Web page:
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Freddie Mac Research: Rising Rents Do Not Increase Homeownership

by Peter Thomas Ricci

New Freddie Mac research casts doubts on notion that rising rents push consumers toward homeownership

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It has been a common narrative in the post-boom housing market that rising rents would eventually push more consumers toward homeownership, but new research has cast doubt on that sentiment.

According a Freddie Mac survey of 2,000 U.S. adults, 38 percent of renters have experienced rent increases in the last two years. Despite those increases, 70 percent of those renters cannot afford to buy a home, and 51 percent have no plans to buy a home.

Renting & Homeownership in Today’s Housing Market

There are two ways to look at Freddie’s research:

•First, rents increased 3.6 percent nationwide in 2014 and are expected to rise another 3.4 percent in 2015. However, David Brickman, EVP of Freddie Mac Multifamily, said many analysts interpret those numbers incorrectly.

“We’ve found that rising rents do not appear to be playing a significant role in motivating renters to buy a home,” Brickman said. “That contradicts what some in the housing market think as they expect more renters ought to be actively looking to purchase a home. We believe rising rents are primarily a sign of increased demand rather than a signal that home purchases will be increasing.”

Renting, Brickman added, has accounted for all net new households over the last several years, and demand is so strong that roughly 440,000 new apartment units are needed each year just to keep up with demand.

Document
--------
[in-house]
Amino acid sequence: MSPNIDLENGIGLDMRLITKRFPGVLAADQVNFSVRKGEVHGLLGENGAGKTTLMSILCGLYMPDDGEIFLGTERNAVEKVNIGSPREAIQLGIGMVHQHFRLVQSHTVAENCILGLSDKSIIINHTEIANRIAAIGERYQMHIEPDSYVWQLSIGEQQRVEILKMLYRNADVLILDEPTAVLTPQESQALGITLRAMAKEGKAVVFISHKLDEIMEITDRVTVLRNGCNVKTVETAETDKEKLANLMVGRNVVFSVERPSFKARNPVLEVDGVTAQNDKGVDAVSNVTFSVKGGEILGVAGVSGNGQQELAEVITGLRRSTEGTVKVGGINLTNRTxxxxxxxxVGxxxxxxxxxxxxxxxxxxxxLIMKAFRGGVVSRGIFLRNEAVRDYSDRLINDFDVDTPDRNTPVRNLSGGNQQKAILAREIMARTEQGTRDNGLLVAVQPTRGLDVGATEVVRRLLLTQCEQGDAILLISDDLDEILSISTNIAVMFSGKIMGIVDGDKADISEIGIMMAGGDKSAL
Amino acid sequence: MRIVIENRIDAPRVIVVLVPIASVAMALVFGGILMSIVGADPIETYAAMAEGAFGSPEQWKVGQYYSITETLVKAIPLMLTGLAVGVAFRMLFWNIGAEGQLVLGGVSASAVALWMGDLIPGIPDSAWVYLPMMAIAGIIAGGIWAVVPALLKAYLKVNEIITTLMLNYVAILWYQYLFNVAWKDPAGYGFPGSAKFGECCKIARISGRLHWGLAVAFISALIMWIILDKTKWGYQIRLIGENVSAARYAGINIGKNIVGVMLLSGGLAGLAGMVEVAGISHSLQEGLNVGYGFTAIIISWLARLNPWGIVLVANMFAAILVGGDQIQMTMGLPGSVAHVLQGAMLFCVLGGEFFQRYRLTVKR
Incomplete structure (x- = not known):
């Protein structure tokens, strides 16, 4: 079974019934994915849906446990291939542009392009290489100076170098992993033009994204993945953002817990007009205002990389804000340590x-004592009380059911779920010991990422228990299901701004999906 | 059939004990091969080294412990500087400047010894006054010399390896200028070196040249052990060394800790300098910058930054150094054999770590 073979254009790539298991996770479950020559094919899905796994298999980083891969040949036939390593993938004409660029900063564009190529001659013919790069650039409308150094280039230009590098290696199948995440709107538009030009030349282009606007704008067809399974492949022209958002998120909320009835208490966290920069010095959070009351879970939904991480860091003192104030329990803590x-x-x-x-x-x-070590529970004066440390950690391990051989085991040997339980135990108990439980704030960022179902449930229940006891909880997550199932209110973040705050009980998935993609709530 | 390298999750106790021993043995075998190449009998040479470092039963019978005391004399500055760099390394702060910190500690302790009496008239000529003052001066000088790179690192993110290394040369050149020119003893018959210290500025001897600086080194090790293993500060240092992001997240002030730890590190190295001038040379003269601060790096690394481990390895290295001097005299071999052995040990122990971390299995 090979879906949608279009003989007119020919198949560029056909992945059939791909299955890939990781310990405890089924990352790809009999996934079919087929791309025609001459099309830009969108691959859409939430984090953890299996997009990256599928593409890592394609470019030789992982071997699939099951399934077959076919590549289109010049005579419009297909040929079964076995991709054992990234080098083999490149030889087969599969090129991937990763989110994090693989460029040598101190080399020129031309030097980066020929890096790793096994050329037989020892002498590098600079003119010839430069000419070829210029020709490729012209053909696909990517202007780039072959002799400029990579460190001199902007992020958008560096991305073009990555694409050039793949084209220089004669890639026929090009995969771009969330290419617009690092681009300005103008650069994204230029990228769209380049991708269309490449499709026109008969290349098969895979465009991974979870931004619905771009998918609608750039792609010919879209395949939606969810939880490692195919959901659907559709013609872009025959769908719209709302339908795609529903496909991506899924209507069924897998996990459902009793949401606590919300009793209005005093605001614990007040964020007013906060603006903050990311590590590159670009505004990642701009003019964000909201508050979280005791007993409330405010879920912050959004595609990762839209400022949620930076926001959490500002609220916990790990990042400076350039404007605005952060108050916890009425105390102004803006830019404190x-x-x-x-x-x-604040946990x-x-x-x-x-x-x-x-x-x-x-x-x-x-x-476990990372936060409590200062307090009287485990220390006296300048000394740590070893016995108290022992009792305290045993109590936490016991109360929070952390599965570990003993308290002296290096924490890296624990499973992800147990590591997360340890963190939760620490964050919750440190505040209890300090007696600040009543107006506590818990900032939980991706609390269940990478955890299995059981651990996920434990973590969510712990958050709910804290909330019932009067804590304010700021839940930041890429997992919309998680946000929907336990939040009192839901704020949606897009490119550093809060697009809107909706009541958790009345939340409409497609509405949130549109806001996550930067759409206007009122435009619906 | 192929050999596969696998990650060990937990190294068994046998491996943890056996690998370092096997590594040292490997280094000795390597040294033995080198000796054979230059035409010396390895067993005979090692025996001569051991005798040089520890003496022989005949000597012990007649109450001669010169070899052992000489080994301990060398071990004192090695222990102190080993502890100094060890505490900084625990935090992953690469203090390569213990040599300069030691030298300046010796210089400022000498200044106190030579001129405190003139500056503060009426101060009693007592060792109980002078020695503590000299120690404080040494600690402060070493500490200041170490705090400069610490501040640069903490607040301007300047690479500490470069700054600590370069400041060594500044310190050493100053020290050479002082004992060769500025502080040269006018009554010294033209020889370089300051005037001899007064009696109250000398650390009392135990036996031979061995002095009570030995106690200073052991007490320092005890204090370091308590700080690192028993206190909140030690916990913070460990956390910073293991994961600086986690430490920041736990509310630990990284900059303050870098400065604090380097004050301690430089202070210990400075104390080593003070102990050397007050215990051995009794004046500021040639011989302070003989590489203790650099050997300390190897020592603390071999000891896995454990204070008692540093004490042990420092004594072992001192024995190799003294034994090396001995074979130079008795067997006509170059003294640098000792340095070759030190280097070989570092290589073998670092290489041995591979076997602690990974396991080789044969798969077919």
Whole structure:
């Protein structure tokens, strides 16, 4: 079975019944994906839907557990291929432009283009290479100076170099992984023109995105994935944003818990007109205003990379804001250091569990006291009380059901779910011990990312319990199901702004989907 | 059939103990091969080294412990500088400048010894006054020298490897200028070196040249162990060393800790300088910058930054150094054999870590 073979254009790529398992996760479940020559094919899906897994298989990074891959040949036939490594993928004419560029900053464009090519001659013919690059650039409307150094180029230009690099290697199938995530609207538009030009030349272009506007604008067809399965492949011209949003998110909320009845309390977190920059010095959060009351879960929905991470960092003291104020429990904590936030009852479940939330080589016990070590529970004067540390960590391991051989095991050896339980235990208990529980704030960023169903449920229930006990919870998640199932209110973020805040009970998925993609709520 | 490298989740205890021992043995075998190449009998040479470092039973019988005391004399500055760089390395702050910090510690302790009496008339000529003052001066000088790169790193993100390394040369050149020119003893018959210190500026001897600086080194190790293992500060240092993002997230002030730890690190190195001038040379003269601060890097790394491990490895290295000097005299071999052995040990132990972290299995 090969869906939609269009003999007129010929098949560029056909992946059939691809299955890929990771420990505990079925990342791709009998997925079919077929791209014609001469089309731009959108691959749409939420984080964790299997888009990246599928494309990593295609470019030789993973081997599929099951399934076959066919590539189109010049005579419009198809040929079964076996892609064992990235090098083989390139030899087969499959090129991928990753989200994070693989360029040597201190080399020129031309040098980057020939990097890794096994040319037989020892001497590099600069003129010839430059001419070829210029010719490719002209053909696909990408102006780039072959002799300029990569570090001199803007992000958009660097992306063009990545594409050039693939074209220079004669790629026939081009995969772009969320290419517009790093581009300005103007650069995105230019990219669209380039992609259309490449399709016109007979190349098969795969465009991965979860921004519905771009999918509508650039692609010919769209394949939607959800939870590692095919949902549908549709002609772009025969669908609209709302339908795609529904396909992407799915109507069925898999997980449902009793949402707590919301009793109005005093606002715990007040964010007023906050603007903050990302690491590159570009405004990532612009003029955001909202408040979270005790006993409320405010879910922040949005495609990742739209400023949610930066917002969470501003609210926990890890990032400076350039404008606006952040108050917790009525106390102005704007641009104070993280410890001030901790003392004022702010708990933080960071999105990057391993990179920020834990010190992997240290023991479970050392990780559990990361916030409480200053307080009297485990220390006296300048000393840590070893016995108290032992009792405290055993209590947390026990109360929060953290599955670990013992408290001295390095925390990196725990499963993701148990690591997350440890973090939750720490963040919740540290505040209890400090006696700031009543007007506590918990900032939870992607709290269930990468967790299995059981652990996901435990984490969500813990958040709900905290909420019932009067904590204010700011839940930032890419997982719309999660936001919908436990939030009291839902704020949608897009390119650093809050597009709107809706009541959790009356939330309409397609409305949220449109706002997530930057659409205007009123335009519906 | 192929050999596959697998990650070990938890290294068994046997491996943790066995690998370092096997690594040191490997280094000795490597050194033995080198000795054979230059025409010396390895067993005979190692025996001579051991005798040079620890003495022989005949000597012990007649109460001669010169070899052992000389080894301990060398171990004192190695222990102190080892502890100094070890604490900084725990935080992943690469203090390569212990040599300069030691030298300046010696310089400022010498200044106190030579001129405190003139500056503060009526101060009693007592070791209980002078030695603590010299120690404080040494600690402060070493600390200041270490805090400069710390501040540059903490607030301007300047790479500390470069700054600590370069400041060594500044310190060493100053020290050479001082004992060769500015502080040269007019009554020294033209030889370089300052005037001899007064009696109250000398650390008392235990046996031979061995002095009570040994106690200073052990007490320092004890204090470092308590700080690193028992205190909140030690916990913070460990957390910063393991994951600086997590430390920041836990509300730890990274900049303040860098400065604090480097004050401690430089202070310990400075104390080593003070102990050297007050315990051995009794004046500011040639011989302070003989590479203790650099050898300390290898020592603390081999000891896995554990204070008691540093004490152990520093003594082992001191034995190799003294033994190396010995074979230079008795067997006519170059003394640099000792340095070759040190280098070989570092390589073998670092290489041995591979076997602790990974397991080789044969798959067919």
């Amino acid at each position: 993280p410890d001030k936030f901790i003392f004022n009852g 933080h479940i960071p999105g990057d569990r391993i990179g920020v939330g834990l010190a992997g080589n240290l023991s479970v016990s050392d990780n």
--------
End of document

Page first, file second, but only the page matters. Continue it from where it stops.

•Second, there are the economic concerns that prohibit renters from buying a house. The implicit detail behind the 70 percent of renters who cannot afford to buy is that they do aspire to homeownership; economic realities, unfortunately, keep them from realizing those ambitions. Some of those realities include: the average savings rate for Millennials is -2 percent, and Millennial wages in numerous industries have dropped by double digits in recent years; for 32 percent of American consumers, their job situation has hardly recovered from the downturn; and for 30 percent of Americans, their finances have not recovered from the recession.

Renter Satisfaction Remains High

Also interesting was Freddie Mac’s findings on renter satisfaction, which not only remains high, but also has improved in the last year.

Eighty-four percent of renters, for instance, love the freedom from home maintenance responsibilities that renting allows, an increase from 78 percent of renters surveyed in August 2014. Eighty percent enjoy the added flexibility over where they live (up from 68 percent in the previous survey). And most interesting of all, 72 percent appreciated the protection against declines in home prices, up from 66 percent. Even with the strong home price increases of the last three years, many consumers are still not confident in housing’s future.

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